Mental health, holistic health
World Mental Health Day was on Oct. 10, 2020. The World Health Organization’s goal for this year’s celebration was to increase investment in mental health, addressing and anticipating the increased need for mental health and psychosocial support that has resulted from the unique circumstances of the pandemic.
The way we experience the pandemic is highly individual, but we can safely say times have been rough for all of us. There is the disruption of our routines and community activities; the grief of losing loved ones to COVID-19, and the fear of getting infected, too; the burdens of essential workers in the pandemic; the challenges of working from home and online schooling; and the loss of businesses and employment. For those who were already receiving care from mental health professionals, the interruption of those services, as well as of incomes that make those services accessible, has been a challenge, too. Not to mention there’s today’s highly stressful level of political division, environmental change, natural disaster, and widespread poverty. Our brains are not equipped to be handling all of this at once. All these conspire to make 2020 a terrible year for mental health, but also an opportunity for improving this care, which is a call echoed by the Inquirer’s editorial on Saturday morning.
I ask pardon from the reader because my perspective on World Mental Health Day is more informed by a background as a patient and advocate rather than as a mental health professional. I agree that we must increase investment in mental health services. It is a relief that free mental health services are more available and accessible than they have previously been, though barriers continue to exist in accessing quality care for those with full-time jobs and lesser incomes. It is also gratifying that discussing mental health has become more normalized nowadays—so normalized, even, that presidential spokesperson Harry Roque even brought it into a defense of rehabilitation efforts in Manila Bay, claiming that white sand is good for Filipinos’ mental health.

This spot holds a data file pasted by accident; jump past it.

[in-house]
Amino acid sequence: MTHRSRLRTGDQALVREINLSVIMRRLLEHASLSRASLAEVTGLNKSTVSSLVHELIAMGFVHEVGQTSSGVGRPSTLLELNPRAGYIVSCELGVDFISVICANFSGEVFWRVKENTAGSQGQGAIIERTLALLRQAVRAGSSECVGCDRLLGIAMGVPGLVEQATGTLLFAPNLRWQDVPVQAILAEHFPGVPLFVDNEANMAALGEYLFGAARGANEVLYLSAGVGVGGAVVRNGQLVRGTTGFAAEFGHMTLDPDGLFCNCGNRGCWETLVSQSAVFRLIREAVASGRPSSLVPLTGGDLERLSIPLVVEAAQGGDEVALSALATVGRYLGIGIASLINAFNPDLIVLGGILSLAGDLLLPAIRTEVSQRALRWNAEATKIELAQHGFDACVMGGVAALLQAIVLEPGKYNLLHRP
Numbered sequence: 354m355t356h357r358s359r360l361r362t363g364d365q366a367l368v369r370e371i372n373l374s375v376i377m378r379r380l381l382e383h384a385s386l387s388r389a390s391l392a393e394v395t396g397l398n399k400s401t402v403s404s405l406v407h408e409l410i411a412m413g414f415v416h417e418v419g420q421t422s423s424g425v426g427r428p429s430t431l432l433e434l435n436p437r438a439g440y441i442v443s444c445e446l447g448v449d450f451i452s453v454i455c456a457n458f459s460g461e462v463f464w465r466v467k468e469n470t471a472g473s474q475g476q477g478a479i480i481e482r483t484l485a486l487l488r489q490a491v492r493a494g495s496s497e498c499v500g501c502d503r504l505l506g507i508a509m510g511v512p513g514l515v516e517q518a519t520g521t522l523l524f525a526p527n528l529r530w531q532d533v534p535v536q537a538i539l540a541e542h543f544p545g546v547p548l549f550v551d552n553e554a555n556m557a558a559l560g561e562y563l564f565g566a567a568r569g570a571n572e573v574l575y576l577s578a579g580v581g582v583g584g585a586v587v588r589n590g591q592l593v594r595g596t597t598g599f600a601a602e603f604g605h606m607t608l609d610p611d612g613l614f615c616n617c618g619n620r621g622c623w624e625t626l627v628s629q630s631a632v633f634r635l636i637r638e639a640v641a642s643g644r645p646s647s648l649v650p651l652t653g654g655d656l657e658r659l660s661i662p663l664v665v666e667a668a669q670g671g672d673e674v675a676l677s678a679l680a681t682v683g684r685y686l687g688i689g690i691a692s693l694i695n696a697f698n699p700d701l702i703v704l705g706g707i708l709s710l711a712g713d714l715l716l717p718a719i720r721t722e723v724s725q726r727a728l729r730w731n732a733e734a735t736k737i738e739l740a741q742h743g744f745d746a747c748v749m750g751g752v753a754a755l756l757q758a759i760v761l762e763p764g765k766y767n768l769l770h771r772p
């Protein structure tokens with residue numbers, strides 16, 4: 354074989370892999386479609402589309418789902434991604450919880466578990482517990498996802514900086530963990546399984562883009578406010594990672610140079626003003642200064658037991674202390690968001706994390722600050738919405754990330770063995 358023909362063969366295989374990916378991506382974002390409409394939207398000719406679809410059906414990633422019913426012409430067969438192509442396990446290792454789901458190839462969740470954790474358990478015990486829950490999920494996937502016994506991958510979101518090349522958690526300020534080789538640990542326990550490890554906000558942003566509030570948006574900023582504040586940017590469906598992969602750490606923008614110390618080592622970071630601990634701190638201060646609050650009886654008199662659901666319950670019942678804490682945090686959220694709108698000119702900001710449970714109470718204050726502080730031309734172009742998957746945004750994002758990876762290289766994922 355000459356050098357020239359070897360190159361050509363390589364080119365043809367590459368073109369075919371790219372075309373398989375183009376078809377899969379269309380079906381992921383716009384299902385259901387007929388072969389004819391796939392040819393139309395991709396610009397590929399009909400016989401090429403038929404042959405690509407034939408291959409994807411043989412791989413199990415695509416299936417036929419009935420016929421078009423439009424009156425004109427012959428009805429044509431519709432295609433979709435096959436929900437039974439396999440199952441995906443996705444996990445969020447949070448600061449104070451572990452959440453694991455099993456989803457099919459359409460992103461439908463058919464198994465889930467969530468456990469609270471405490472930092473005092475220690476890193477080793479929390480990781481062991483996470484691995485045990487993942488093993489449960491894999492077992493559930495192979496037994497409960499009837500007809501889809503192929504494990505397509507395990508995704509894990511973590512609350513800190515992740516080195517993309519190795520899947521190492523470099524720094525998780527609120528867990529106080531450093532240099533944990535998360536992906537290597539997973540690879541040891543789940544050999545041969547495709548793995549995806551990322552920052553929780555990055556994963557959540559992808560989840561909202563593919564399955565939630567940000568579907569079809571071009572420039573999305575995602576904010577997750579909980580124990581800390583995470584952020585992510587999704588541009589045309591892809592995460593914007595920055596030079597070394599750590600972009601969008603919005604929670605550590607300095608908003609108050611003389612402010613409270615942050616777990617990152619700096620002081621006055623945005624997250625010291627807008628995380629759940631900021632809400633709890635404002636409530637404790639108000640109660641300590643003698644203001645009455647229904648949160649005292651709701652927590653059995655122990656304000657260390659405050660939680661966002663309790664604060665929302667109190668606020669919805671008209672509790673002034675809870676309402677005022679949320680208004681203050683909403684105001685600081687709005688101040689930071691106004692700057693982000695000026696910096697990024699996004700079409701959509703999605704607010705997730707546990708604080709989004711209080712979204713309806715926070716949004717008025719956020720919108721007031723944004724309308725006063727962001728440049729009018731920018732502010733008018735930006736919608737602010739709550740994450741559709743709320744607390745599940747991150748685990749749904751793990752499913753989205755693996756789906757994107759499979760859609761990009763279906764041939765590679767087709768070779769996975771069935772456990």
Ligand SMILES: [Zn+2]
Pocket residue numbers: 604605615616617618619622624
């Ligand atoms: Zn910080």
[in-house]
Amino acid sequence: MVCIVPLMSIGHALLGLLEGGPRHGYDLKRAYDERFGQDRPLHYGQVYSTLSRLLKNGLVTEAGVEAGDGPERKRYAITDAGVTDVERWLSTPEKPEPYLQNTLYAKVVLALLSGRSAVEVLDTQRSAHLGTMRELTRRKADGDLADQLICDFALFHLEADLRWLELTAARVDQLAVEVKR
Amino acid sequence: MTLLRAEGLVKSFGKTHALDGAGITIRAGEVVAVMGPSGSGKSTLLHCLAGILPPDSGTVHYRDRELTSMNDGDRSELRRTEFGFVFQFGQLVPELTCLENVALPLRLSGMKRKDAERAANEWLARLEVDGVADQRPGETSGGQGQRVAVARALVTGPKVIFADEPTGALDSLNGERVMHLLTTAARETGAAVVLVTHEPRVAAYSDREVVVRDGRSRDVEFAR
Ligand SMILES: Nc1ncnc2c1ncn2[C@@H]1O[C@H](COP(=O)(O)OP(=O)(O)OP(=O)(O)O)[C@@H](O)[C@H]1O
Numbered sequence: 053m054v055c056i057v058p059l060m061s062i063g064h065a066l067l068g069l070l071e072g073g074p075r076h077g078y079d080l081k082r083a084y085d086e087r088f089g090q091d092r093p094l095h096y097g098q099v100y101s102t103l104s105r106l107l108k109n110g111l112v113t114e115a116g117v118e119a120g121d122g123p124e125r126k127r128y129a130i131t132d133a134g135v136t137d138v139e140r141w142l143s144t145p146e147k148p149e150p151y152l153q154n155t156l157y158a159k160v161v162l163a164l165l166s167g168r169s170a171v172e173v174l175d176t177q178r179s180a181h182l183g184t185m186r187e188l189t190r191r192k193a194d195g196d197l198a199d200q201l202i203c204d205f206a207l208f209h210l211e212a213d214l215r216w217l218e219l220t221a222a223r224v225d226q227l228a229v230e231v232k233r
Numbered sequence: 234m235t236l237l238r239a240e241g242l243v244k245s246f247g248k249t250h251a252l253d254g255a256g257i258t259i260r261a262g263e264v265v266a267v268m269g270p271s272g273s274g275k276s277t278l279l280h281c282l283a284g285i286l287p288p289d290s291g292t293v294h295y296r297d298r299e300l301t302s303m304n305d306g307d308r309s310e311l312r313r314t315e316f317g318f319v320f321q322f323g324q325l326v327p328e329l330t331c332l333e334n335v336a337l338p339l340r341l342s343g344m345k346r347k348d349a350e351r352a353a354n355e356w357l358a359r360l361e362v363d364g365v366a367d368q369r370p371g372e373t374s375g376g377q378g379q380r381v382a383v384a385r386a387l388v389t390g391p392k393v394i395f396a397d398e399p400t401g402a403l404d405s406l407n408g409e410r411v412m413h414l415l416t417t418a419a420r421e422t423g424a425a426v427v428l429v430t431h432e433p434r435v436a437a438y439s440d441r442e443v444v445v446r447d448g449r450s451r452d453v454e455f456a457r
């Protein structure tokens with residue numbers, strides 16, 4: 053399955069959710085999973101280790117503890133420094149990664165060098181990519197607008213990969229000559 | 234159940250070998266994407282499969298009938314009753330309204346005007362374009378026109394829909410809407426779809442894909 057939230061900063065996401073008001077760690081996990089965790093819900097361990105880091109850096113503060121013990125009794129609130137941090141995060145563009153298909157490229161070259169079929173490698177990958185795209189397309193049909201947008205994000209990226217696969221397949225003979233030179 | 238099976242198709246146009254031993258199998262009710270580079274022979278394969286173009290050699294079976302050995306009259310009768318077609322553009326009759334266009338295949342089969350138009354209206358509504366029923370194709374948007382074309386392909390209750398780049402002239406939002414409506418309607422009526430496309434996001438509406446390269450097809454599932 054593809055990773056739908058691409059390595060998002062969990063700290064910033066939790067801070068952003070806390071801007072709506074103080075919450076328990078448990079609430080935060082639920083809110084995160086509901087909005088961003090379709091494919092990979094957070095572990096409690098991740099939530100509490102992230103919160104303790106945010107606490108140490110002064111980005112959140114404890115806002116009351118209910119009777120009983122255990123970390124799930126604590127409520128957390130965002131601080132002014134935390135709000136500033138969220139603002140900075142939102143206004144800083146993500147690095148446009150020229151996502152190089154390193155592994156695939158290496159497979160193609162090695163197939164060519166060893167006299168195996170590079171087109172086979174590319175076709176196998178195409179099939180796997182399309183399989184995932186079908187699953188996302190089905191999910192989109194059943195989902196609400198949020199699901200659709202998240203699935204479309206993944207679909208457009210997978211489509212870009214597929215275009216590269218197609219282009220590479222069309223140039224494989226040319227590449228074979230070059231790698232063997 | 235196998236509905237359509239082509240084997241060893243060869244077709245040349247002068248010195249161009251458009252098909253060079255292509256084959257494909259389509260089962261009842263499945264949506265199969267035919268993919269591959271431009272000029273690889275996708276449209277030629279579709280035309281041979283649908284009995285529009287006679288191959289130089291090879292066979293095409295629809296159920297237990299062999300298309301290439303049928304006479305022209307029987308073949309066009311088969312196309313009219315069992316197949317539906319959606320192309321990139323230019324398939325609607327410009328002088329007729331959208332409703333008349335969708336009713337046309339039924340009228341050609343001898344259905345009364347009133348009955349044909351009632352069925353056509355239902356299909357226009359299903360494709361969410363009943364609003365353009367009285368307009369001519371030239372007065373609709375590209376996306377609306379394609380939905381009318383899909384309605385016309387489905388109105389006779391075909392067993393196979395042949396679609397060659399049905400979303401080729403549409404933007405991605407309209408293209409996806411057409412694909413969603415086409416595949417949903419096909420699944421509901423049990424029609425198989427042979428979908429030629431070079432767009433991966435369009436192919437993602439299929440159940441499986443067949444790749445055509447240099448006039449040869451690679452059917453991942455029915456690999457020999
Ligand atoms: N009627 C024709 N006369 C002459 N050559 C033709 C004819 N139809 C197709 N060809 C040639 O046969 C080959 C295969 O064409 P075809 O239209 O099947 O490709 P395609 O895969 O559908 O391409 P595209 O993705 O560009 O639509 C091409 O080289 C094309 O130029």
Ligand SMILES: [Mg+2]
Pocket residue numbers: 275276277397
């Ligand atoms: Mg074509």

And there’s the rub: that we can call for such an “investment” into mental health, while completely ignoring the holistic health of the Filipino in this precarious time.
As health advocates so often repeat, health is not merely the absence of disorders, but a state of complete physical, mental, and social well-being. Thus mental health is not merely the absence of mental disorders, but a state in which persons are able to fulfill their potentials or ambitions, to express themselves, to cope with stress, and to be a contributing member of their communities. In this vein, adequate income and job security are part of mental health. The certainty of good governance and fair treatment is mental health. The provision of decent housing, food security, and equitable, accessible health care is mental health. To protect mental health is to protect all of these things. To expect Filipinos to “take care” of their mental health in a sociopolitical and economic environment that falls abysmally short in these areas is ridiculous.
Mental health professionals feel it, too. Colleagues in the profession have been improving ways to deliver the best possible care through online consultations, therapy sessions, seminars, and wellness classes. However, like any other health professionals in the Philippines, they cannot help the fact that, too often, they discharge patients into personal circumstances that contribute to poor mental health: low incomes, poor resources, high stress levels, plus the unceasing moral injury of watching the display of corruption, impunity, and incompetence that is Philippine politics. We’ve watched officials make a hash of the pandemic response at every level. If we Filipinos are sad, fearful or worried because it feels like things are spiraling out of control, who can blame us?
By all means, let us boost support for mental health services, which are sorely needed and which have been too long neglected and stigmatized. However, mental health doesn’t exist in a vacuum. Advocacy for it can never be separated from the need to address the myriad factors that contribute to worsening it.
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